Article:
Blake Allen Hutchinson - Scotia Howard Weil

Okay. That's great and thanks, Monty, that was exactly what I was looking for in terms of the descriptive of where this is really applied. And then, just switching over to the Production Enhancement segment, the last couple of quarters really highlighting some charge successes and very high volumes. I just want to be clear that, I think we all understand that the content per well is increasing in terms of your charge franchise. Would you say that the material you're selling per stage is also gaining in intensity?

Monty L. Davis - Chief Operating Officer & Senior Vice President

Well, the charge is where the technology in this business lies, in the perforating end of the business. And we have done extremely well in production charge sales, charge development. With the new charges, we're constantly coming up with new technology. And that part of the business is doing very well compared to the more hardware parts of the business, which is a lower technology. Not that it's not important, it's just not got the technical levels and there's more competition in that area. So, we're gaining share, we believe, in the charge part due to technology.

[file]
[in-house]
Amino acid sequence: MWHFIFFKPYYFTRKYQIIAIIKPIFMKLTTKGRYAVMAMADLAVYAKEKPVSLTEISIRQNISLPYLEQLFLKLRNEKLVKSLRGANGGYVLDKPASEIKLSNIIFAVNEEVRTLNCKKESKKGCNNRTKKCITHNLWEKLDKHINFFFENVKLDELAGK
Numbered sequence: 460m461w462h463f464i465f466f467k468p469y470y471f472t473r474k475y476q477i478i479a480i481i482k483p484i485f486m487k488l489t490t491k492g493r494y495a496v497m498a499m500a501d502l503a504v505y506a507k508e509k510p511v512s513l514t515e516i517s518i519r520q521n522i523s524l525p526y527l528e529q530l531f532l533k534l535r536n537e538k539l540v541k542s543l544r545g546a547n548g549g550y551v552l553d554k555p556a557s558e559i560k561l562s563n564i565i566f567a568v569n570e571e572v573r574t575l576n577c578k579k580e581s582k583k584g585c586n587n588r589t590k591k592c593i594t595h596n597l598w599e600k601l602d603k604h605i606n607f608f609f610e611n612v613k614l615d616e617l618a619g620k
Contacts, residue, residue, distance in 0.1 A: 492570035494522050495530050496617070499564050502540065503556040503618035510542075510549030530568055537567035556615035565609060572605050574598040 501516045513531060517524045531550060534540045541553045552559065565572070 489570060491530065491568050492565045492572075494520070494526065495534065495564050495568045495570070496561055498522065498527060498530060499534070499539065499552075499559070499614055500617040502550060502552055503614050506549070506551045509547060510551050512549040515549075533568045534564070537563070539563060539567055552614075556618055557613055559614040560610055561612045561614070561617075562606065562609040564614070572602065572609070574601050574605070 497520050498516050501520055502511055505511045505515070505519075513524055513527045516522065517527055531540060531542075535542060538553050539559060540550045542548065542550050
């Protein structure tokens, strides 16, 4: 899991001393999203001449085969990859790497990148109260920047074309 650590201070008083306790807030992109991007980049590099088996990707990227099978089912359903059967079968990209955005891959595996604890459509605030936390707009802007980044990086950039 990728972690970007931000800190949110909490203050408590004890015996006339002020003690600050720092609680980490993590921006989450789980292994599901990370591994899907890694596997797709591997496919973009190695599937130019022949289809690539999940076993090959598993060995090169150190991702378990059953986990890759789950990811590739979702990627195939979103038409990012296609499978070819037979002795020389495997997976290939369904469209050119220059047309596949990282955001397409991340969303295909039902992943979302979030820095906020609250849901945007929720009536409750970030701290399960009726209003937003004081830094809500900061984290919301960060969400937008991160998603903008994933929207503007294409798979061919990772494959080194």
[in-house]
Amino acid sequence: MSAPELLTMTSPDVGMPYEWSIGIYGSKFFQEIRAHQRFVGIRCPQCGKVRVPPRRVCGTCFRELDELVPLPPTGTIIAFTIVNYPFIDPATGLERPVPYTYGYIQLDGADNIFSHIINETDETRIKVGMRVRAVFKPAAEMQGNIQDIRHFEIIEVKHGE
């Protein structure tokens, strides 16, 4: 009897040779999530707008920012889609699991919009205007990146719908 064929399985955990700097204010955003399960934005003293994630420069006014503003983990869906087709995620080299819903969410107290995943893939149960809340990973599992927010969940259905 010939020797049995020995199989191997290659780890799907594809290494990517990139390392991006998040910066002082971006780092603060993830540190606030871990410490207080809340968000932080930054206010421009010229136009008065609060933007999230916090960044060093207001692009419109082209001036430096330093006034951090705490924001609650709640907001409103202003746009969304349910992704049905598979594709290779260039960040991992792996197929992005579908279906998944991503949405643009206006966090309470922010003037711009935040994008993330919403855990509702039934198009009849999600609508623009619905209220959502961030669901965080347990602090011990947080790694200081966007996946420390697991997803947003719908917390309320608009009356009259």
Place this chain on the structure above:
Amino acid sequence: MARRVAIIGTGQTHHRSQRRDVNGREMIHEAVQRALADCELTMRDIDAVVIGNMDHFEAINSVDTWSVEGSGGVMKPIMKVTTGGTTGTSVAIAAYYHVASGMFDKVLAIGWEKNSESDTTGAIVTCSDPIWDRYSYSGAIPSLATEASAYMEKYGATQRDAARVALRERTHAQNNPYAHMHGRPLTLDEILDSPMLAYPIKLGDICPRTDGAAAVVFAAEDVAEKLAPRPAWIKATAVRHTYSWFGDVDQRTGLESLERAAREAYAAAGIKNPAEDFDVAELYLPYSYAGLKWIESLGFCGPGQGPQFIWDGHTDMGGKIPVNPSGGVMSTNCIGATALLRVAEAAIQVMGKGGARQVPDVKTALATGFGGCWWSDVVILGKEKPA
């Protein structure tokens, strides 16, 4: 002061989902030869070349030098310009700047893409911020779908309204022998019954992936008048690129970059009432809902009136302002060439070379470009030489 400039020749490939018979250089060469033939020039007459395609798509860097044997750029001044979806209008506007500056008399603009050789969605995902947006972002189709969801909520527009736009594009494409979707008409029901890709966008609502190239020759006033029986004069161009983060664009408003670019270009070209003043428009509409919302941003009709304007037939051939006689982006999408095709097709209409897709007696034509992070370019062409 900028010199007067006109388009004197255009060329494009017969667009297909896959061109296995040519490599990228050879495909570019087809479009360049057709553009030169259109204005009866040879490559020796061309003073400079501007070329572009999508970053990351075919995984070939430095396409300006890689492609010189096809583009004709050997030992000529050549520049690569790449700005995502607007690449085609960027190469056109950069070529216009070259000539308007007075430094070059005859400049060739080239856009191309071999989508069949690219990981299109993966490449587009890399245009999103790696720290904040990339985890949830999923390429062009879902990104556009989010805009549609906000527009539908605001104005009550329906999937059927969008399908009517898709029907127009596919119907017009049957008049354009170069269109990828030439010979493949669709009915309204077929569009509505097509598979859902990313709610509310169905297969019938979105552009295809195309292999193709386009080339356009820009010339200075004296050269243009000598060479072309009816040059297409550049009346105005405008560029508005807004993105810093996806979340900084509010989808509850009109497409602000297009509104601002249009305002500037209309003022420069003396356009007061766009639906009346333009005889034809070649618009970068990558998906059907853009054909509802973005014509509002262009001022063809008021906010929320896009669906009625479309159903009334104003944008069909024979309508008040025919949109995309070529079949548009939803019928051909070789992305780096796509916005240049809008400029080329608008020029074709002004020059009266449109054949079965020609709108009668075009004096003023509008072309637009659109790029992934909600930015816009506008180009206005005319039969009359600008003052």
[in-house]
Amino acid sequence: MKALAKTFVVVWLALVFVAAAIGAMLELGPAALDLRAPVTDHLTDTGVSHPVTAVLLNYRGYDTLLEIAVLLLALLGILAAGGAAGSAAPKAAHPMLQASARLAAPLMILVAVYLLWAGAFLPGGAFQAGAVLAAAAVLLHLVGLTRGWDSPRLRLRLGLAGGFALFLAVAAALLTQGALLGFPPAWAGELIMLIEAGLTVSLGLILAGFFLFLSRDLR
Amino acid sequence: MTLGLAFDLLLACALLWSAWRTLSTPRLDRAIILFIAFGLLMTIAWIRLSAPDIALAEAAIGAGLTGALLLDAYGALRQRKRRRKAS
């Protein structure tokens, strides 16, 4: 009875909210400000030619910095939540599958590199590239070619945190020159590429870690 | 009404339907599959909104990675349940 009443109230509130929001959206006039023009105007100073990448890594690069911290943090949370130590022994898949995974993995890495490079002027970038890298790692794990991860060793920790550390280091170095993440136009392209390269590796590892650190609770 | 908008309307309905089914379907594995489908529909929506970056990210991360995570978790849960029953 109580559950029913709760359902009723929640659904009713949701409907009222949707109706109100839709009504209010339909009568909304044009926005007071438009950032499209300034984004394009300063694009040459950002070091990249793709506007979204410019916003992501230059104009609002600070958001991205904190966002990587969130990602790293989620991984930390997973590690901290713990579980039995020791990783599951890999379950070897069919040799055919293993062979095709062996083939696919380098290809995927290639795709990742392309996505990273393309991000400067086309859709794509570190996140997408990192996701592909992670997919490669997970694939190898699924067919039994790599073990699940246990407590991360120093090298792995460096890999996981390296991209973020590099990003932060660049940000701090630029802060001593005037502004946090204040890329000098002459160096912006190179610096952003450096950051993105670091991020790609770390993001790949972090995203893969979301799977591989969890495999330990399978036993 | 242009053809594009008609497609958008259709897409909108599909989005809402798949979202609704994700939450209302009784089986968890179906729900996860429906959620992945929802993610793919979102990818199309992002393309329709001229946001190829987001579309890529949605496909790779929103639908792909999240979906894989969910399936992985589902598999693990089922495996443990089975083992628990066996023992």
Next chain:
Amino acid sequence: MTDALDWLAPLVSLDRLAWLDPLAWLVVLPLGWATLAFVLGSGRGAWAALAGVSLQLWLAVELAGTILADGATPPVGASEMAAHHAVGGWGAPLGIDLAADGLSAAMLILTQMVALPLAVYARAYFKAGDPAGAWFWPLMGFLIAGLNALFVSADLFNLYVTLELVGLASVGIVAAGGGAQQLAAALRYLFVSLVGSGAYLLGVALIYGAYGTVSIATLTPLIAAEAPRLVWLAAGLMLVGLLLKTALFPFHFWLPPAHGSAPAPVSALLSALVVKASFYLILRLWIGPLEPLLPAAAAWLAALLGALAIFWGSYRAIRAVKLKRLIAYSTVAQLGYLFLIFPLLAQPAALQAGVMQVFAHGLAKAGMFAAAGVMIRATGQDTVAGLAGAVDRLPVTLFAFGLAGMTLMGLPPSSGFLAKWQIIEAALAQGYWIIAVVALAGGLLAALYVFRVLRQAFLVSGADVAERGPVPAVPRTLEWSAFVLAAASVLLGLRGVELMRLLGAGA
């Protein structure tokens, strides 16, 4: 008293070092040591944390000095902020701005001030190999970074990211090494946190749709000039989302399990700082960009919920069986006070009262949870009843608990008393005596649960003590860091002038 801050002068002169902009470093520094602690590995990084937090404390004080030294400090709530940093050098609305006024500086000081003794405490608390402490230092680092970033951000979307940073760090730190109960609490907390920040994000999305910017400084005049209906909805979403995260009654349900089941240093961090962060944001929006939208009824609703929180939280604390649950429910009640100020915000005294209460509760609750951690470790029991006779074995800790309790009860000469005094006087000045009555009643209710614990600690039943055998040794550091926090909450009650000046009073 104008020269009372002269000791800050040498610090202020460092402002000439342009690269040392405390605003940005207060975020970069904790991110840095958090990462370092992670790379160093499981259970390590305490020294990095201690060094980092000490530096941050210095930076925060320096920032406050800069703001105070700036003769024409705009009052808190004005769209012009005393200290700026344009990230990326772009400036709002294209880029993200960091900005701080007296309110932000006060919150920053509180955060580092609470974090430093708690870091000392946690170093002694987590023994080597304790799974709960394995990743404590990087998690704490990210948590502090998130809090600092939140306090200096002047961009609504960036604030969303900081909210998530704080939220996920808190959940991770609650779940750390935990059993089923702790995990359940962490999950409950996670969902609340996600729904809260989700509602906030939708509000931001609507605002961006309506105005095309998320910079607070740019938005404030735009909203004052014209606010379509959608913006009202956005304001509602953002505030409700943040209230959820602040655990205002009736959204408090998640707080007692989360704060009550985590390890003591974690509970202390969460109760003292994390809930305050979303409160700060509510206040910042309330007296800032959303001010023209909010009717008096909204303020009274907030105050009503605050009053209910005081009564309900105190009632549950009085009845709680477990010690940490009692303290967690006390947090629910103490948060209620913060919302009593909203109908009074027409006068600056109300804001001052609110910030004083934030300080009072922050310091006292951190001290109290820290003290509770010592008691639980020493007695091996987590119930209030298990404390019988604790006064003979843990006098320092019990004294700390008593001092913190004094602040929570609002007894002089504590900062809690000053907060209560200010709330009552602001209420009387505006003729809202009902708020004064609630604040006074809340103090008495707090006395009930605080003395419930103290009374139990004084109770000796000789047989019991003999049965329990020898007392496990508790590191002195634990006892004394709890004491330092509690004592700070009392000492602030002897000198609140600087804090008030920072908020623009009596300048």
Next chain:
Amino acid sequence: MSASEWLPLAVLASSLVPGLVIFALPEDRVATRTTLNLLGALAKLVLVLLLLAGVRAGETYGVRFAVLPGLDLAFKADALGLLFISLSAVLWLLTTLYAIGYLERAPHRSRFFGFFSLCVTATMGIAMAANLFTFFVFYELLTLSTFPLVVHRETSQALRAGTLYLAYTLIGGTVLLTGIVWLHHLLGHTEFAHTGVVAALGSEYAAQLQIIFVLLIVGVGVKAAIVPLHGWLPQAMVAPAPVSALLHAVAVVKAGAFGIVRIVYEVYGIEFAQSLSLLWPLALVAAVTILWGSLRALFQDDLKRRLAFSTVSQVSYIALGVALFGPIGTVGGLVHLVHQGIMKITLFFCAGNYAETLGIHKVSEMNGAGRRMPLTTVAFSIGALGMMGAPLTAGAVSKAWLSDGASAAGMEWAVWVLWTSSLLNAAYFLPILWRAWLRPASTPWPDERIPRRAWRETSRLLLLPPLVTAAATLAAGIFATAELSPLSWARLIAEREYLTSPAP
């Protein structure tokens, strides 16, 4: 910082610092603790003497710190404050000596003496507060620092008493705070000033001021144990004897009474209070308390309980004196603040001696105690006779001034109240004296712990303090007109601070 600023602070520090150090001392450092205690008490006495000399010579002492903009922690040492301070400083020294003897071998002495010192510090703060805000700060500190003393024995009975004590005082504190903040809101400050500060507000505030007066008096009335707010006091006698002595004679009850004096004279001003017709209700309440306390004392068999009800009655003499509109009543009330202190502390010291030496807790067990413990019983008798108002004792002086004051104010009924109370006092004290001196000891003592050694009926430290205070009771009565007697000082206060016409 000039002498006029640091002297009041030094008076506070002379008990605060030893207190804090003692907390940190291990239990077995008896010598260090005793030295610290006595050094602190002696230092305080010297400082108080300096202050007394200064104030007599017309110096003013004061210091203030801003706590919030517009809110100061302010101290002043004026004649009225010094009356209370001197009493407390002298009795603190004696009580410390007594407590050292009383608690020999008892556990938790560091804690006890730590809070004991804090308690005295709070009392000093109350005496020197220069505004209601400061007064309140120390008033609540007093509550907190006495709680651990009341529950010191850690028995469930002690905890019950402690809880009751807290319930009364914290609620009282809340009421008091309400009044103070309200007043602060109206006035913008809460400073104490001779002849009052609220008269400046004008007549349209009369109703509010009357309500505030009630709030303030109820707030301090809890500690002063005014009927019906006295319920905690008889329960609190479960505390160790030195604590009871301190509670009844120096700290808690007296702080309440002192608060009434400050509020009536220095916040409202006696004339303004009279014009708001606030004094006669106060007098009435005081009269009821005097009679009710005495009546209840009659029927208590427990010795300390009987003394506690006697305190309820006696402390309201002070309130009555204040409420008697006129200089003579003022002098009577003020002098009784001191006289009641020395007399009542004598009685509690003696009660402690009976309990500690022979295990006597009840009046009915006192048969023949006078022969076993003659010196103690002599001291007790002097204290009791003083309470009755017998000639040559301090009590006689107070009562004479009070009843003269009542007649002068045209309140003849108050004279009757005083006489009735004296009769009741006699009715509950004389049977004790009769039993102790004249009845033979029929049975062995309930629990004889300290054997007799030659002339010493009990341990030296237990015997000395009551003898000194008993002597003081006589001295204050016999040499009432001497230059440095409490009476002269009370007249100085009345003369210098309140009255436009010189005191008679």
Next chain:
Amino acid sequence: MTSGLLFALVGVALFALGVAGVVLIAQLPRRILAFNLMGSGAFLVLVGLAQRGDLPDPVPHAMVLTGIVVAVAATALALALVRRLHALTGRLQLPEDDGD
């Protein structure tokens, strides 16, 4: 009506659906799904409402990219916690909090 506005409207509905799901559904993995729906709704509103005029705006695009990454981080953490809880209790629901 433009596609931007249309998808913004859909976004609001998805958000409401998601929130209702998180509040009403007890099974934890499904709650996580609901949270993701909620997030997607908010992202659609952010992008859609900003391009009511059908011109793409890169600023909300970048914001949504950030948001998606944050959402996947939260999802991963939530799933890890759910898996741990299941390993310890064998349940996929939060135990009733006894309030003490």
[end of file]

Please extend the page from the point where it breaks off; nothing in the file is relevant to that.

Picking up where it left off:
Blake Allen Hutchinson - Scotia Howard Weil

Okay. Thanks. Thanks for that. And just, if I can speak one quick one on the severance side in the Reservoir Description business. How much would you characterize as being a pure kind of need for skill or reduction versus the shift to automation and multi-skilling and the weighting of that? And thanks for the time. I'll hang up and listen.

: Yeah, Blake, both of those are going to certainly come into play. We certainly have seen productivity gains from automation worldwide, both on the rocks and the fluid side, also with the multi-skilling programs in there. But just from the sheer amount of work that we're not seeing on the rock side, we need further reductions and we'll scale to that level and hopefully get there by the end of the first quarter.

Operator

The next question comes from Quirijn Mulder of ING. Please go ahead.

David M. Demshur - Chairman-Supervisory Board, President & CEO

Good afternoon, Q.

Quirijn Mulder - ING Bank NV (Broker)

Yeah, good morning, folks. Here Quirijn from Amsterdam. A couple of questions. My first question is about the decremental margin of 65%. Is also the incremental margin then 65% or should we look at it differently, that's my question for Richard. And then my question for David is, your estimate about a 3.1% depletion rate. I do not exactly understand it, because if the U.S. is producing less and the U.S.is a typical high depletion area including Gulf of Mexico, but especially shale, how do you come then to 3.1%?